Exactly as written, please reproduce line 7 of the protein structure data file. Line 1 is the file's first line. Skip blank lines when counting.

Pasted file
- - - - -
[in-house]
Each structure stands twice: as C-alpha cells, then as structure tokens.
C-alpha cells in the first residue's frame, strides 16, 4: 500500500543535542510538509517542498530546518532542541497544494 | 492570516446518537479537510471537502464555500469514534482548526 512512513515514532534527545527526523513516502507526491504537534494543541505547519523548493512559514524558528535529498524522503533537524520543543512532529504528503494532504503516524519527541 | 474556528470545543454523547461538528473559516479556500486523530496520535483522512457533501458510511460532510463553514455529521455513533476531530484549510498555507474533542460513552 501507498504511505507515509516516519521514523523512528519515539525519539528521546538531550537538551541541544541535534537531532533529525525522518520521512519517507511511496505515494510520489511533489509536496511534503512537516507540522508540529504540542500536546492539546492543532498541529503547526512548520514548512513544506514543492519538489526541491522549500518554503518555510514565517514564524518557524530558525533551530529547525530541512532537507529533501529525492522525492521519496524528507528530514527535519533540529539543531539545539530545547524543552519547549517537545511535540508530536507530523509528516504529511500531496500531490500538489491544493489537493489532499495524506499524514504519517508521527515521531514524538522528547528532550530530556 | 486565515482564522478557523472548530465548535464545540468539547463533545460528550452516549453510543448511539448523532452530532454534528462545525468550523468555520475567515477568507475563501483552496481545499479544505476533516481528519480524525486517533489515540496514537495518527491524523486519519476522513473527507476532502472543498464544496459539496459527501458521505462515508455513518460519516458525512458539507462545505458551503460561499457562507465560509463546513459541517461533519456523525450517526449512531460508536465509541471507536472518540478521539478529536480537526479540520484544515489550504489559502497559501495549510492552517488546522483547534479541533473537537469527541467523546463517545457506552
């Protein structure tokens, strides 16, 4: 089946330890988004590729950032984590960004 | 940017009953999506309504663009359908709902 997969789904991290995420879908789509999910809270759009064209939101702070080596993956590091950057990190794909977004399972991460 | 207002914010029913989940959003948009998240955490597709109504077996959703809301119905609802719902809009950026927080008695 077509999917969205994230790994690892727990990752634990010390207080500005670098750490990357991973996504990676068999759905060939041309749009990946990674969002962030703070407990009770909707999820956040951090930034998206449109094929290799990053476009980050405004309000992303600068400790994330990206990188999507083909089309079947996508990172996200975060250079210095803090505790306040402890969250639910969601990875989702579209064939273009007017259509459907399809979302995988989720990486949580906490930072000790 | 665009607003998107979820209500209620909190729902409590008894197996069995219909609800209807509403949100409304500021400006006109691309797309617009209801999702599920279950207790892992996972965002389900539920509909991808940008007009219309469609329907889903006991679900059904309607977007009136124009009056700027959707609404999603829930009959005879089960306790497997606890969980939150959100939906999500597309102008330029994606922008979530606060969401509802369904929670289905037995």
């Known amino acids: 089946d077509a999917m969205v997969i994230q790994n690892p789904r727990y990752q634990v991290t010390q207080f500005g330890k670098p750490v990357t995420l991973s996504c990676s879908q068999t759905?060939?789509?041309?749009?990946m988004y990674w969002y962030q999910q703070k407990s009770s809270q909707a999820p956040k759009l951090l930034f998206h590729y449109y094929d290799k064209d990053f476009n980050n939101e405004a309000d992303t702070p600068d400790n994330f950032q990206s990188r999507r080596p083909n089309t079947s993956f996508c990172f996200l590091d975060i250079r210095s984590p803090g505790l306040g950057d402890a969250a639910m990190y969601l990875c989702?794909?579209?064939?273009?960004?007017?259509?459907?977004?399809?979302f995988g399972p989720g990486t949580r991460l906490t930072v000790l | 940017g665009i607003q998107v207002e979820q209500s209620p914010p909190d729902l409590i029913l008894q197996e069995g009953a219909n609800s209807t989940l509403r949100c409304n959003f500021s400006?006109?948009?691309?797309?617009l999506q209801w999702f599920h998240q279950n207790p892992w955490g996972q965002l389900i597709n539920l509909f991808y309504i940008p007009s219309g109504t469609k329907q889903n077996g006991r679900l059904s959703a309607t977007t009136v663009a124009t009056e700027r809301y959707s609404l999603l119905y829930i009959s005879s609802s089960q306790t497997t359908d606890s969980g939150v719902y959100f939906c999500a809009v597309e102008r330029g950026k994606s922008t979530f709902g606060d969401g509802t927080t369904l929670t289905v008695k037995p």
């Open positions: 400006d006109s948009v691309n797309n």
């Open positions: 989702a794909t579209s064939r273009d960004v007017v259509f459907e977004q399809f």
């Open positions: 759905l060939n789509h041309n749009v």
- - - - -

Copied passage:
């Open positions: 989702a794909t579209s064939r273009d960004v007017v259509f459907e977004q399809f």